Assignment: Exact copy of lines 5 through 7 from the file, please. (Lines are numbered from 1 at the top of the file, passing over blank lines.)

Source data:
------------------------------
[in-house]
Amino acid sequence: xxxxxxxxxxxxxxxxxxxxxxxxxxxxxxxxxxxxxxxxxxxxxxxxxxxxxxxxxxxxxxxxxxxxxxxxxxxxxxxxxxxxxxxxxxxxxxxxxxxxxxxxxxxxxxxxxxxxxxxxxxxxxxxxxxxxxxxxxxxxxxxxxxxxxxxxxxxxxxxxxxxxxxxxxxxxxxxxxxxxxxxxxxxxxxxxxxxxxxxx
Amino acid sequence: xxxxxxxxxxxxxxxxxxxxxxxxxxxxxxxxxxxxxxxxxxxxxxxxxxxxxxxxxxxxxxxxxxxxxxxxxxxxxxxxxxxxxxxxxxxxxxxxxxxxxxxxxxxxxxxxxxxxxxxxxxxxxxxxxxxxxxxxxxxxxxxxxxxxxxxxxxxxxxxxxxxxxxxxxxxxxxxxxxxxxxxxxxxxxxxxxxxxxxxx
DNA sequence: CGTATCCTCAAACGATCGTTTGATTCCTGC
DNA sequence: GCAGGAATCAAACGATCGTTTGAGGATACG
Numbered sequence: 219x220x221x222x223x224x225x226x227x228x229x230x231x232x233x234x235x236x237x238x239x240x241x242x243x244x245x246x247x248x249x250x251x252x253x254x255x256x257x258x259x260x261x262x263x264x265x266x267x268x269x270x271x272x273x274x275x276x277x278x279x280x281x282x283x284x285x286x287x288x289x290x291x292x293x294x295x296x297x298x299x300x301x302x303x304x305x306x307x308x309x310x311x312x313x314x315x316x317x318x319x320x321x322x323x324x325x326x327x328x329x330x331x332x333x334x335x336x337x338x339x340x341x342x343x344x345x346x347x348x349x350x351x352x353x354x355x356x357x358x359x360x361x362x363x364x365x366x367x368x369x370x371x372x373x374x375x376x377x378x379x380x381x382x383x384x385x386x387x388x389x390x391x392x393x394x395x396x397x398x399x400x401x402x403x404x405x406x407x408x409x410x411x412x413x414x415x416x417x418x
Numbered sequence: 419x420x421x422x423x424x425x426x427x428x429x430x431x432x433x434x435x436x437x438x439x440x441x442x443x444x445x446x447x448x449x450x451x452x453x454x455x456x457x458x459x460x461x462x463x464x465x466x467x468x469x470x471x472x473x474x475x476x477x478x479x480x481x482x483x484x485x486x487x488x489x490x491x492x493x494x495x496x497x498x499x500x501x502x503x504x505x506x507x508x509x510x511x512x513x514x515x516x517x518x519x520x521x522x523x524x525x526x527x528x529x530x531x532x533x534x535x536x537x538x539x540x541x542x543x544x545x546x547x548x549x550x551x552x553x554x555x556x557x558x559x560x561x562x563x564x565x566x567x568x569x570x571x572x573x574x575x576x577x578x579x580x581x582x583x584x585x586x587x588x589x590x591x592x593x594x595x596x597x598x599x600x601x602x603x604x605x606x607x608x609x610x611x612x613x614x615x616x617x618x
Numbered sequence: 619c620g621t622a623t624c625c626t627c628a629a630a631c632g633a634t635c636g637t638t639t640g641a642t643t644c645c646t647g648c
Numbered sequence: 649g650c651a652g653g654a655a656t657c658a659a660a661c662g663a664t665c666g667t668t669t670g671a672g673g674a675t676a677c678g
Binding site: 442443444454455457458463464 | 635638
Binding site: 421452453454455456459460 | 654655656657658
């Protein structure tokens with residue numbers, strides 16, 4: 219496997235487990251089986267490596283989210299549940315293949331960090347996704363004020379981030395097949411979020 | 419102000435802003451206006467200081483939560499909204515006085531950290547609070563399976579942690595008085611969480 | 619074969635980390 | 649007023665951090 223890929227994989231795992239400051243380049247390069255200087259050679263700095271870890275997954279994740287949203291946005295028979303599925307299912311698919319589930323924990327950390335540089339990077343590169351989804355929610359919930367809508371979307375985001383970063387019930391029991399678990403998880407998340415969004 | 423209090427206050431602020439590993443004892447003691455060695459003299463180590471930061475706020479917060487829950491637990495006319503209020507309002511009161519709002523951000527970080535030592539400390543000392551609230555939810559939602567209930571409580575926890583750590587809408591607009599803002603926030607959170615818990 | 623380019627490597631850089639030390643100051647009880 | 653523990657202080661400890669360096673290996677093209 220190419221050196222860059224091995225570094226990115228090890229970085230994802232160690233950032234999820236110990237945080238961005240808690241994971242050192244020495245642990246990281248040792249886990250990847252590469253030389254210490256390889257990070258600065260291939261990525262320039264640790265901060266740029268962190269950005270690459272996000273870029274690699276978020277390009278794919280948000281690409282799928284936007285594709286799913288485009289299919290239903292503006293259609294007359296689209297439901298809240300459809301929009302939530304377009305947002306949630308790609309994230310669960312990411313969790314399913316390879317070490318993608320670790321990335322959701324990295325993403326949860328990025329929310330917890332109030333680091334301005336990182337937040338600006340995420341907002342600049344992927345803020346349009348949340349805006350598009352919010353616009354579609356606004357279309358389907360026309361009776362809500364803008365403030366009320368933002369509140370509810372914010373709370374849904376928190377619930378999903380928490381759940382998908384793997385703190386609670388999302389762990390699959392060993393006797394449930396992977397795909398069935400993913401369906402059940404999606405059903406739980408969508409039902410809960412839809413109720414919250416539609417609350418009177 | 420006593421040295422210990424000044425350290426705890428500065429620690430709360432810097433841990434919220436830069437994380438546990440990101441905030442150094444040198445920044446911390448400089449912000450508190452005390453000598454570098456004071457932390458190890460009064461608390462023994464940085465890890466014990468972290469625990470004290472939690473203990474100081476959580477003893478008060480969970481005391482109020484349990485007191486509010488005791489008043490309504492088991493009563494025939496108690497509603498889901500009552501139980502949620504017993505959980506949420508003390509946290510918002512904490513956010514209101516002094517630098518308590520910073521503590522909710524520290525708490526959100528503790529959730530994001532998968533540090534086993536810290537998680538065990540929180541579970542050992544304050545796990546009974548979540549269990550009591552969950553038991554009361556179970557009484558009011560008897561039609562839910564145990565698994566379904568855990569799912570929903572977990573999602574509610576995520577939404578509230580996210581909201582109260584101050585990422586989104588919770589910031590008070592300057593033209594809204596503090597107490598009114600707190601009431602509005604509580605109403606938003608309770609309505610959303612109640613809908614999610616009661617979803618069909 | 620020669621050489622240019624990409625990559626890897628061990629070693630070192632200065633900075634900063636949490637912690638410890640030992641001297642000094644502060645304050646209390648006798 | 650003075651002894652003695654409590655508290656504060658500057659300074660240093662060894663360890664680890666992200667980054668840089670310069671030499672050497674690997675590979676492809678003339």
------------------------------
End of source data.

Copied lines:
DNA sequence: GCAGGAATCAAACGATCGTTTGAGGATACG
Numbered sequence: 219x220x221x222x223x224x225x226x227x228x229x230x231x232x233x234x235x236x237x238x239x240x241x242x243x244x245x246x247x248x249x250x251x252x253x254x255x256x257x258x259x260x261x262x263x264x265x266x267x268x269x270x271x272x273x274x275x276x277x278x279x280x281x282x283x284x285x286x287x288x289x290x291x292x293x294x295x296x297x298x299x300x301x302x303x304x305x306x307x308x309x310x311x312x313x314x315x316x317x318x319x320x321x322x323x324x325x326x327x328x329x330x331x332x333x334x335x336x337x338x339x340x341x342x343x344x345x346x347x348x349x350x351x352x353x354x355x356x357x358x359x360x361x362x363x364x365x366x367x368x369x370x371x372x373x374x375x376x377x378x379x380x381x382x383x384x385x386x387x388x389x390x391x392x393x394x395x396x397x398x399x400x401x402x403x404x405x406x407x408x409x410x411x412x413x414x415x416x417x418x
Numbered sequence: 419x420x421x422x423x424x425x426x427x428x429x430x431x432x433x434x435x436x437x438x439x440x441x442x443x444x445x446x447x448x449x450x451x452x453x454x455x456x457x458x459x460x461x462x463x464x465x466x467x468x469x470x471x472x473x474x475x476x477x478x479x480x481x482x483x484x485x486x487x488x489x490x491x492x493x494x495x496x497x498x499x500x501x502x503x504x505x506x507x508x509x510x511x512x513x514x515x516x517x518x519x520x521x522x523x524x525x526x527x528x529x530x531x532x533x534x535x536x537x538x539x540x541x542x543x544x545x546x547x548x549x550x551x552x553x554x555x556x557x558x559x560x561x562x563x564x565x566x567x568x569x570x571x572x573x574x575x576x577x578x579x580x581x582x583x584x585x586x587x588x589x590x591x592x593x594x595x596x597x598x599x600x601x602x603x604x605x606x607x608x609x610x611x612x613x614x615x616x617x618x